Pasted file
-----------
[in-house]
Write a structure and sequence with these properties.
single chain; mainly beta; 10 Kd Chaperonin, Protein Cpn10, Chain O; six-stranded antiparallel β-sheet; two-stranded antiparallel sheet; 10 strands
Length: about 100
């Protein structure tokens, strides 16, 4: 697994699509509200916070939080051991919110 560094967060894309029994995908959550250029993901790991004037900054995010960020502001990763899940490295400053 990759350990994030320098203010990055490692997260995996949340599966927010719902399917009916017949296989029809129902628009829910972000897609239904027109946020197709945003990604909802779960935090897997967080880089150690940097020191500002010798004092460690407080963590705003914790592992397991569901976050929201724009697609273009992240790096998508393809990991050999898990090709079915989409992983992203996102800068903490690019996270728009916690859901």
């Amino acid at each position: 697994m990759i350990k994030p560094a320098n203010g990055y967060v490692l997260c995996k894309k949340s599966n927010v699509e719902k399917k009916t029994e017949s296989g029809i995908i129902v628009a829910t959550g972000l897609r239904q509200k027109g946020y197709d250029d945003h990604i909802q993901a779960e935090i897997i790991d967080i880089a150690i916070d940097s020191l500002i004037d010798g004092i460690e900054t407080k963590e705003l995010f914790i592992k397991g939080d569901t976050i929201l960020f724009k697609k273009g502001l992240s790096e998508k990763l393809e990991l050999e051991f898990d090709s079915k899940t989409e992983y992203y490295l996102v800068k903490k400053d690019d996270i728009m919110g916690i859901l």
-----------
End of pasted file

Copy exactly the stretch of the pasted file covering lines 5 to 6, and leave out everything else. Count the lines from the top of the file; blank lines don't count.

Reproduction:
């Protein structure tokens, strides 16, 4: 697994699509509200916070939080051991919110 560094967060894309029994995908959550250029993901790991004037900054995010960020502001990763899940490295400053 990759350990994030320098203010990055490692997260995996949340599966927010719902399917009916017949296989029809129902628009829910972000897609239904027109946020197709945003990604909802779960935090897997967080880089150690940097020191500002010798004092460690407080963590705003914790592992397991569901976050929201724009697609273009992240790096998508393809990991050999898990090709079915989409992983992203996102800068903490690019996270728009916690859901």
């Amino acid at each position: 697994m990759i350990k994030p560094a320098n203010g990055y967060v490692l997260c995996k894309k949340s599966n927010v699509e719902k399917k009916t029994e017949s296989g029809i995908i129902v628009a829910t959550g972000l897609r239904q509200k027109g946020y197709d250029d945003h990604i909802q993901a779960e935090i897997i790991d967080i880089a150690i916070d940097s020191l500002i004037d010798g004092i460690e900054t407080k963590e705003l995010f914790i592992k397991g939080d569901t976050i929201l960020f724009k697609k273009g502001l992240s790096e998508k990763l393809e990991l050999e051991f898990d090709s079915k899940t989409e992983y992203y490295l996102v800068k903490k400053d690019d996270i728009m919110g916690i859901l």